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Skandia stems the re-registration flow

Skandia’s decision to focus on attracting new business and move away from re-registration as a means of asset gathering is indicative of the financial pressures afflicting fund supermarkets.

In a move which has surprised many of its rivals, Skandia is set to withdraw from the re-registration market – one of the key battlegrounds in the hunt for assets – due to concerns over the cost benefits of the process.

Skandia’s rivals have taken a lot of money through re-registration – Fidelity Funds-Network, more than 500m and Cofunds nearly 1bn.

Last year, re-registrations comprised up to 75 per cent of Cofunds’ inflows in the first half of the year while around 45 per cent of FundNetwork’s inflows this year have come through re-registration, many incentivised by cash inducements to IFAs and their cli-ents to re-register assets on to its platform.

Skandia is only able to re-register Pep and unwrapped business and cannot support the re-registration of Isas, which have made up the bulk of Cofunds and FundsNetwork’s re-registration inflows.

Building assets and scale is essential to supermarket profitability. Cofunds, for example, administers assets of 3bn but says it needs 6bn to enable it to break even, which it expects to do in 2006.

The process of re-registering client assets on to a supermarket platform is a costly and laborious manual process for advisers. It requires each cli-ent’s signature and then all their fund holdings have to be individually keyed into the platform’s back-office system and checked off with the fund manager in question. The fund managers typically charge 25 per holding for this service and the supermarkets absorb that cost so as not to deter advisers and their clients.

Skandia investment marketing manager Ian Thomas says re-registration business is fundamentally unprofitable, being labour-intensive with no savings from scale, and could destabilise a platform’s finances.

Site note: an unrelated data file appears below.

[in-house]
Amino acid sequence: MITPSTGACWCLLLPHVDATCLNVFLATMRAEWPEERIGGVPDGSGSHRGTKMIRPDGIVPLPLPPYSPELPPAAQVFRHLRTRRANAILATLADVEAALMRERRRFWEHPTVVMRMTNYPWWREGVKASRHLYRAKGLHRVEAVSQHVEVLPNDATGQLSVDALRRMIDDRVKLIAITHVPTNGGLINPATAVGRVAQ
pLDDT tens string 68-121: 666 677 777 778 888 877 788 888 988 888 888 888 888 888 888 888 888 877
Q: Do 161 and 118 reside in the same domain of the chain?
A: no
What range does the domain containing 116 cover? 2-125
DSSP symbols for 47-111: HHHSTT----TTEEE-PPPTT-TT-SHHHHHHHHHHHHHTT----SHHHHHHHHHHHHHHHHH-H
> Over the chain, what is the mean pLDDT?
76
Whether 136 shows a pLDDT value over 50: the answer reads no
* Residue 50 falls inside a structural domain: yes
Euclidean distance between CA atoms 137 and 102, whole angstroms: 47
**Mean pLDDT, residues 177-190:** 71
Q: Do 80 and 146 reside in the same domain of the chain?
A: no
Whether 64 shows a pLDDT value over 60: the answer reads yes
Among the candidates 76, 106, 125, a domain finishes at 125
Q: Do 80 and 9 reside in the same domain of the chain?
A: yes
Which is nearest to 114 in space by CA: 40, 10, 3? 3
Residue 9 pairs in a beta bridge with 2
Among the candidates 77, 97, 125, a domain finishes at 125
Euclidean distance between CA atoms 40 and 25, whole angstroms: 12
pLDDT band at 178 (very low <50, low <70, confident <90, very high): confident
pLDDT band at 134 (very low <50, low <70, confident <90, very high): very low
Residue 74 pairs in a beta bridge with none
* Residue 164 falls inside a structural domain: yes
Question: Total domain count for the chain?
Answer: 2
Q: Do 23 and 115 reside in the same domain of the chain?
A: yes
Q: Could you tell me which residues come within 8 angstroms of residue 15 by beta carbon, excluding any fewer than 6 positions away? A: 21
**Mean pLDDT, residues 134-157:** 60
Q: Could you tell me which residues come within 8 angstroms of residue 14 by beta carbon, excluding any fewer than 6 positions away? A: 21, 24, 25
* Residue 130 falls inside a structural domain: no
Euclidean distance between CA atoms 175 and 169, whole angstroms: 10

Thomas says he understands that it is a good deal for advisers but costs two to three times as much to administer as new business and can have a payback period of up to 10 years based on average holding sizes.

He says: “Offering re-registration as a loss leader is risky as because it is such low-margin business, it can have a 10year payback period. The pro-cess is very slow and we think that re-registration could be the emperor’s new clothes.”

Instead, Skandia will be looking to promote the benefits of moving assets via cash transfers onto its platform as a swifter and more efficient way of consolidating assets onto the supermarket.

Selestia marketing director Bill Vasilieff says he believes dumping re-registration may harm Skandia’s standing with IFAs and is potentially a more damaging strategy than shell-ing out to cover the cost.

Vasilieff says: “I am quite surprised by it. It is not the most profitable of business but it is important if you are trying to get IFAs to commit to the platform and I think they will lose a little bit of market share because of it.”

Selestia, like Skandia, is less reliant on re-registration for inflows as it also offers a range of wrappers, including life bonds and Sipps. Re-registration accounts for around 5 per cent of Selestia’s inflows.

Skandia will continue to offer re-registration for unwrap-ped fund business on to its platform because encashing these holdings and moving them on to the supermarket via a cash transfer can result in CGT liabilities for the client.

Skandia is also reviewing its position on re-registering Pep books for any IFAs moving off the platform. It will continue to offer the service for IFAs re-registering unwrapped business off the supermarket, again for CGT reasons.

Cofunds and FundsNetwork have been criticised for restricting IFA choice by forcing them to encash their cli-ent’s holdings if they want to switch fund supermarkets.

Despite offering free registration of client assets onto their platforms, both Cofunds and FundsNetwork make IFAs encash assets to switch platforms, potentially resulting in clients incurring CGT liabilities and taking them out of the market.

Selestia offers re-registration off its platform at cost price, as does HL Vantage.

HL Vantage managing dir-ector Ben Lundy says if it can manage, there is no reason why other platforms cannot.

Cofunds marketing director Rick Andrews does not believe this is a big issue for IFAs. He says: “A large number of IFAs use two platforms. Unless an IFA has had a particularly bad experience, there is no real reason to want to come off a fund supermarket.”

FundsNetwork marketing director Rob Fisher says it is not possible between the three biggest platforms, Cofunds, Skandia and FundsNetwork, but is something the industry is looking into.

Vasilieff says he is not so sure. He says that as the platforms become more mature and their offerings more distinct, there is the potential for increasing numbers of IFAs to want to switch platform.

Whereas initially fund supermarkets were primarily differentiated through fund choice and front-end tools, such as asset allocation modelling tools, the growing number of different wrappers make the platforms more distinct.

Vasilieff says: “It is a very negative stance to take not to allow advisers to re-register assets off a platform. It is short-sighted and the whole idea is purely to lock them in. We have IFA clients who want to re-register their client’s assets to our platform from competitors but are unable to do so because they are being blocked.”


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